This Week’s Top Picks in Imperial & Global History

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Marc-William Palen
History Department, University of Exeter
Follow on Twitter @MWPalen

From the “Great Deglobalizing” to the death of Tamerlane, here are this week’s top picks in imperial and global history. Continue reading “This Week’s Top Picks in Imperial & Global History”

British Soft Power in South Asia: Historicizing Deglobalization

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David Thackeray
History Department, University of Exeter
Follow on Twitter @d_thackeray

Cross-posted from History & Policy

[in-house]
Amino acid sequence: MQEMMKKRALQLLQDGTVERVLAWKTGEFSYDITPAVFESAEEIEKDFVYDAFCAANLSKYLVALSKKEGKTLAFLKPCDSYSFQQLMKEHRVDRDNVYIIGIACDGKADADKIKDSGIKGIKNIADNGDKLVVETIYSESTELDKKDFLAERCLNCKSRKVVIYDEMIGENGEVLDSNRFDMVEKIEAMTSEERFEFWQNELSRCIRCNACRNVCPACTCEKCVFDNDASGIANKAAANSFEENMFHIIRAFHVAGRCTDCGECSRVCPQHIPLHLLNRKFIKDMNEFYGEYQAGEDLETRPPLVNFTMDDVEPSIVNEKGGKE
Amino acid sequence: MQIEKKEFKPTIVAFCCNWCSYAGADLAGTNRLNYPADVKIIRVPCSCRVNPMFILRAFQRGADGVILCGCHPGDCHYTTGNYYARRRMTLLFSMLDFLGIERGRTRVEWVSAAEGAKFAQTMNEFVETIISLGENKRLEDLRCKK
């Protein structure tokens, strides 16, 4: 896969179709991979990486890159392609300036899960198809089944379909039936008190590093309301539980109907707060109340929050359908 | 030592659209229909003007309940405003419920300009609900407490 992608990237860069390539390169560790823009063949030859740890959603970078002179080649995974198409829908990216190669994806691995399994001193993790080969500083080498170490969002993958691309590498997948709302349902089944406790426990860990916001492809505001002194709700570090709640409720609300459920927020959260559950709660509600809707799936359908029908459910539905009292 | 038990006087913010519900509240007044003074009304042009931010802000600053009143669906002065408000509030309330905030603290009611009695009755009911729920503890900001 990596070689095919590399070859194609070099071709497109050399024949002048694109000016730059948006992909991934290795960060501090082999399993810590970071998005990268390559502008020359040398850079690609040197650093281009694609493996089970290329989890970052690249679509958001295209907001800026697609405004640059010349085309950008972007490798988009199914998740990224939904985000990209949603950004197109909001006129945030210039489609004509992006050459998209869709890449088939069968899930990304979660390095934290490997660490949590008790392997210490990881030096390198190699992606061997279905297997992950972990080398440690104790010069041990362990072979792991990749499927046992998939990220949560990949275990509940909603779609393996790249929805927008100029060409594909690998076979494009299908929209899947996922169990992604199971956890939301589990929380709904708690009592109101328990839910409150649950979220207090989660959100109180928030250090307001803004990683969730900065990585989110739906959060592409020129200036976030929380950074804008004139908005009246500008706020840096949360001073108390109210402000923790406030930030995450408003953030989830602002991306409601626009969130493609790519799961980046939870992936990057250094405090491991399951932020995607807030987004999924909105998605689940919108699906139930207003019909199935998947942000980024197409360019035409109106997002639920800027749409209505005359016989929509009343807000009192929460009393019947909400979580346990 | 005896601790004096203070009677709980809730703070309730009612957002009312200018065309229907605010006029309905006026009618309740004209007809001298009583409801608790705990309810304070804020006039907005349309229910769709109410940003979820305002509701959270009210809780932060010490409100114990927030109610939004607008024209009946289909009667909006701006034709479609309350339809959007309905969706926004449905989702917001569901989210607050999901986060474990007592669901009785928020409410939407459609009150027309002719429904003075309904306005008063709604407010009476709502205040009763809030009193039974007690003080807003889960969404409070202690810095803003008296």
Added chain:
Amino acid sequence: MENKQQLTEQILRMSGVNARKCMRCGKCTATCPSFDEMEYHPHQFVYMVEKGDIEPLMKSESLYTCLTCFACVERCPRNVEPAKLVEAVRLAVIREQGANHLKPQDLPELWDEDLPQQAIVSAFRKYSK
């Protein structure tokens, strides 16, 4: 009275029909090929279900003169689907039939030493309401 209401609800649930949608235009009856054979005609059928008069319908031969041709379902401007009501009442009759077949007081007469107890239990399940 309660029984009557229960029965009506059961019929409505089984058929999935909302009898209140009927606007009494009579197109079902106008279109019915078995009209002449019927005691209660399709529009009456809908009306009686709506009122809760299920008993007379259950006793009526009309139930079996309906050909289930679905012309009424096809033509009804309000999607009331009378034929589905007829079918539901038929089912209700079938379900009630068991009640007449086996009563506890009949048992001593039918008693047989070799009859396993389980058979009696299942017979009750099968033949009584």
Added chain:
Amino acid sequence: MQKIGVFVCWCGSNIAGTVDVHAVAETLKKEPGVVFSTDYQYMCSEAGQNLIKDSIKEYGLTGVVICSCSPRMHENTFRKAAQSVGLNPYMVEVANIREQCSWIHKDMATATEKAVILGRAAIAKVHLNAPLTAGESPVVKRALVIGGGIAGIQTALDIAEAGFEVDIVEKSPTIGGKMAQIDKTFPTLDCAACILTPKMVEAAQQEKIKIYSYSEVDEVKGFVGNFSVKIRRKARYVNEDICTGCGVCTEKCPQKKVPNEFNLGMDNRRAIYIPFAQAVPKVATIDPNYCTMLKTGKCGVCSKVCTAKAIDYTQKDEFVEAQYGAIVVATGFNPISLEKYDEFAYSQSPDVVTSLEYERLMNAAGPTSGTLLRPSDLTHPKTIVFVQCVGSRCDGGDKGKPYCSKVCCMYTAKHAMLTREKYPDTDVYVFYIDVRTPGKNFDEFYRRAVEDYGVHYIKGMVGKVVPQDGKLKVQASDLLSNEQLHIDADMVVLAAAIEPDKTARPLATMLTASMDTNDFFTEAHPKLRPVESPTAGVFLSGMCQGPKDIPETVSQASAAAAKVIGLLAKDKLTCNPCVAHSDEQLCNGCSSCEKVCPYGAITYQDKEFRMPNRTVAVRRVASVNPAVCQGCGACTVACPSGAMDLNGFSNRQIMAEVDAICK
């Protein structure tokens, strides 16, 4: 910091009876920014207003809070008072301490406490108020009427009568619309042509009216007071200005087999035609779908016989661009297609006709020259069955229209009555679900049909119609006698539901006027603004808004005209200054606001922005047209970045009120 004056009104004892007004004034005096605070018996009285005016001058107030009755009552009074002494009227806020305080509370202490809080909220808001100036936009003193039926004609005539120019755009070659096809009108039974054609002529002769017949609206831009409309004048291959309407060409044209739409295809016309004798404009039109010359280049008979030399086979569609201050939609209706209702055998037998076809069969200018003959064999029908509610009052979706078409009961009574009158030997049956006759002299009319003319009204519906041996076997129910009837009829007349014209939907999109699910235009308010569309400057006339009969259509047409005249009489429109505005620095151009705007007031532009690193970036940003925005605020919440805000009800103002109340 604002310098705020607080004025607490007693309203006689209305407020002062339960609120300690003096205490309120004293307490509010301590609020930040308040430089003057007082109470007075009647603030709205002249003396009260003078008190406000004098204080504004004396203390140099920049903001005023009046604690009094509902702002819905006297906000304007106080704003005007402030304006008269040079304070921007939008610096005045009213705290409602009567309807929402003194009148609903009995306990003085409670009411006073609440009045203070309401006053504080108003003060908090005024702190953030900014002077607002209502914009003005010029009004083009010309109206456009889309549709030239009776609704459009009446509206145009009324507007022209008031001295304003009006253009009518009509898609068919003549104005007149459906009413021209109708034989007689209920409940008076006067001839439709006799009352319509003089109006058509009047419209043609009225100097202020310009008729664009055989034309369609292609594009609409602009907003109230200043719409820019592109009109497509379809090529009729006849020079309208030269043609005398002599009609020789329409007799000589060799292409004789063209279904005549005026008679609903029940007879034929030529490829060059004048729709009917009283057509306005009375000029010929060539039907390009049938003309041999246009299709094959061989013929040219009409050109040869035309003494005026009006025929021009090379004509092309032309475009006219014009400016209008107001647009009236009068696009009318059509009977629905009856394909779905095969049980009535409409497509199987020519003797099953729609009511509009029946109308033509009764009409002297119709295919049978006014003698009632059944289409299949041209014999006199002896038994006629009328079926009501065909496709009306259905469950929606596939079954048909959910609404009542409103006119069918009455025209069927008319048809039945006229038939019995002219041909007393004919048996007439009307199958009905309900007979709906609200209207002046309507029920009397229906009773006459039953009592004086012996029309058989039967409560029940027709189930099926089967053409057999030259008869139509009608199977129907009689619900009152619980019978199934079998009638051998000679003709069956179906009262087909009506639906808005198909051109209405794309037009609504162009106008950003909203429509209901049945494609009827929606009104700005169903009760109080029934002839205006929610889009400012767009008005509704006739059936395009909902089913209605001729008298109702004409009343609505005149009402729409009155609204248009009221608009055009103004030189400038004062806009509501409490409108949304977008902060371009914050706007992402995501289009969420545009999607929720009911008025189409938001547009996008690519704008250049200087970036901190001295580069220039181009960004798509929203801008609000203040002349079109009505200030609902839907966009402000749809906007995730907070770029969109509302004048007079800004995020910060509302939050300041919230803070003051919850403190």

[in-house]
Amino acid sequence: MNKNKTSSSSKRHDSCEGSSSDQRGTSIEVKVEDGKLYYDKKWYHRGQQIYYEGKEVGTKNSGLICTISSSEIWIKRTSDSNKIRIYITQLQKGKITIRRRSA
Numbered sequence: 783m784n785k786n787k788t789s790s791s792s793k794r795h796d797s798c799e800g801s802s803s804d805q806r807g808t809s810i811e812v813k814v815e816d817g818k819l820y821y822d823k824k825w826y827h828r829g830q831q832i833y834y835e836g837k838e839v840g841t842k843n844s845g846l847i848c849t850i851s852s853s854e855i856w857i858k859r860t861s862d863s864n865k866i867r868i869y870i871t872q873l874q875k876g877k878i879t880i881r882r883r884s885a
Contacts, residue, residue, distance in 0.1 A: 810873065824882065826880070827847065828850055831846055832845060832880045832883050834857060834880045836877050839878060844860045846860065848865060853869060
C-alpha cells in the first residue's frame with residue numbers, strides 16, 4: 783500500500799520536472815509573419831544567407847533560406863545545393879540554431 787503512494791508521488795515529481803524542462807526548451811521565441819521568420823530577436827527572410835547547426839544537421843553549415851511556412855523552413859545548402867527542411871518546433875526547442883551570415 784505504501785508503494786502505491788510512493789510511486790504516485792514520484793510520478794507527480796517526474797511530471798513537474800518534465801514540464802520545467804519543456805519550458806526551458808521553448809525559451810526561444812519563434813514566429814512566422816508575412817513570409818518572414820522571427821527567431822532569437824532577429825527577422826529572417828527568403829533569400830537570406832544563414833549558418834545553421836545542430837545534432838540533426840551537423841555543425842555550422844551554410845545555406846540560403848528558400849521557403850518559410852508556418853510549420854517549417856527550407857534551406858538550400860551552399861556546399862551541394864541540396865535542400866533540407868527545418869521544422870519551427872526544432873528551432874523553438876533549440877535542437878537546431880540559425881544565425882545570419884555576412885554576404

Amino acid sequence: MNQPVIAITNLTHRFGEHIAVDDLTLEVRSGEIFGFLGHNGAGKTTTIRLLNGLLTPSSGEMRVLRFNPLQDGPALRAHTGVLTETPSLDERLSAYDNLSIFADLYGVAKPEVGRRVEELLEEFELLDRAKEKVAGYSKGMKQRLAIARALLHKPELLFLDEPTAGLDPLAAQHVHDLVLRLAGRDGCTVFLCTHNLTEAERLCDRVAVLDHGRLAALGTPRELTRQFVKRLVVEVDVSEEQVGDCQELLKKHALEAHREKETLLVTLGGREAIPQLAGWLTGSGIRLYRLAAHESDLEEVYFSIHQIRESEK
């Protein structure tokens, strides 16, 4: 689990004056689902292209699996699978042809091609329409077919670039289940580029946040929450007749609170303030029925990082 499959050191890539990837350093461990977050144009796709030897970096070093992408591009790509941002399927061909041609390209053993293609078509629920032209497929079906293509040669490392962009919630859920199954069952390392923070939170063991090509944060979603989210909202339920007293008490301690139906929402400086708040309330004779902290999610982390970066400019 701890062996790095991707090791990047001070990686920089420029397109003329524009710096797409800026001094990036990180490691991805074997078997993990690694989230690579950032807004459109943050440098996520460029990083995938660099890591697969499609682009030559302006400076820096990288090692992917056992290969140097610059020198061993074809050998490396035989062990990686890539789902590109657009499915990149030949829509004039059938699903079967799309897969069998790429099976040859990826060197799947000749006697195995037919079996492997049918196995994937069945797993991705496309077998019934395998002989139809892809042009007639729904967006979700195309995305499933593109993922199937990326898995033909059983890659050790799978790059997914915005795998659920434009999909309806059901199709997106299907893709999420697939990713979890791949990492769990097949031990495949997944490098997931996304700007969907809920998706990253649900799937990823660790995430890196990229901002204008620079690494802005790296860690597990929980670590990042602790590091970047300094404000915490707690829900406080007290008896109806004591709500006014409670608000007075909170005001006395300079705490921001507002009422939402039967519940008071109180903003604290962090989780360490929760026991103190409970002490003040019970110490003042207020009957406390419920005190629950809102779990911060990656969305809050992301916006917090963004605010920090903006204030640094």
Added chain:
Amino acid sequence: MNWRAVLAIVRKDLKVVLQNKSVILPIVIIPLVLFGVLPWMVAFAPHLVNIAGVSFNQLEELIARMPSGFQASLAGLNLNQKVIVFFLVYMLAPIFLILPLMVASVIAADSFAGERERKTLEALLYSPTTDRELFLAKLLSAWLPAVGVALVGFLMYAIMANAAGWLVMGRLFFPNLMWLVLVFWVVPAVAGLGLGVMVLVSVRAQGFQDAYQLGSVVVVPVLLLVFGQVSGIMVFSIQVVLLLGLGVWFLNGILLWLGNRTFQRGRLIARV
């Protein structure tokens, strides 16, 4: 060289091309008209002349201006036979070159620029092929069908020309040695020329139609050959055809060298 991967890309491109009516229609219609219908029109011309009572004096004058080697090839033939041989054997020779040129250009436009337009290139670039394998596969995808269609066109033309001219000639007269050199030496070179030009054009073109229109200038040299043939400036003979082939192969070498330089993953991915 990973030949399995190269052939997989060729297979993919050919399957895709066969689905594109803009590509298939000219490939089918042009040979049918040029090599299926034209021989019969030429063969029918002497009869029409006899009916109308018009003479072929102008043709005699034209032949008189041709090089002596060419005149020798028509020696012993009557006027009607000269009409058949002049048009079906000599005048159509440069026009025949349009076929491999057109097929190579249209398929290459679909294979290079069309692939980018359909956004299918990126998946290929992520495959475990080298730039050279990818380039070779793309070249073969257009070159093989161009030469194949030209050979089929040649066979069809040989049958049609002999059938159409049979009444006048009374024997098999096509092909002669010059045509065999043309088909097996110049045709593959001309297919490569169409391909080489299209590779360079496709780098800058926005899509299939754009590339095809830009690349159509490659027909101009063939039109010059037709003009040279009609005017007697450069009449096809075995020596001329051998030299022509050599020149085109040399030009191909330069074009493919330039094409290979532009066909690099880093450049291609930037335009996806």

Many of the core debates in UK politics today concern the nation’s future trade: the question of Scottish independence, devolution of political power to the regions, and a potential referendum on EU membership. Exploring the history of British trade identities can provide important insights into how we got here and the potential choices for policy makers. As historian Jim Tomlinson has argued, the twentieth century witnessed a gradual process of the ‘partial de-globalisation’ of British regions, with the declining influence of manufacturing and the growth of a more atomised service-sector economy. The discontents this has caused, exacerbated by the recent worldwide economic downturn, have been seized upon by parties such as the SNP and UKIP. Continue reading “British Soft Power in South Asia: Historicizing Deglobalization”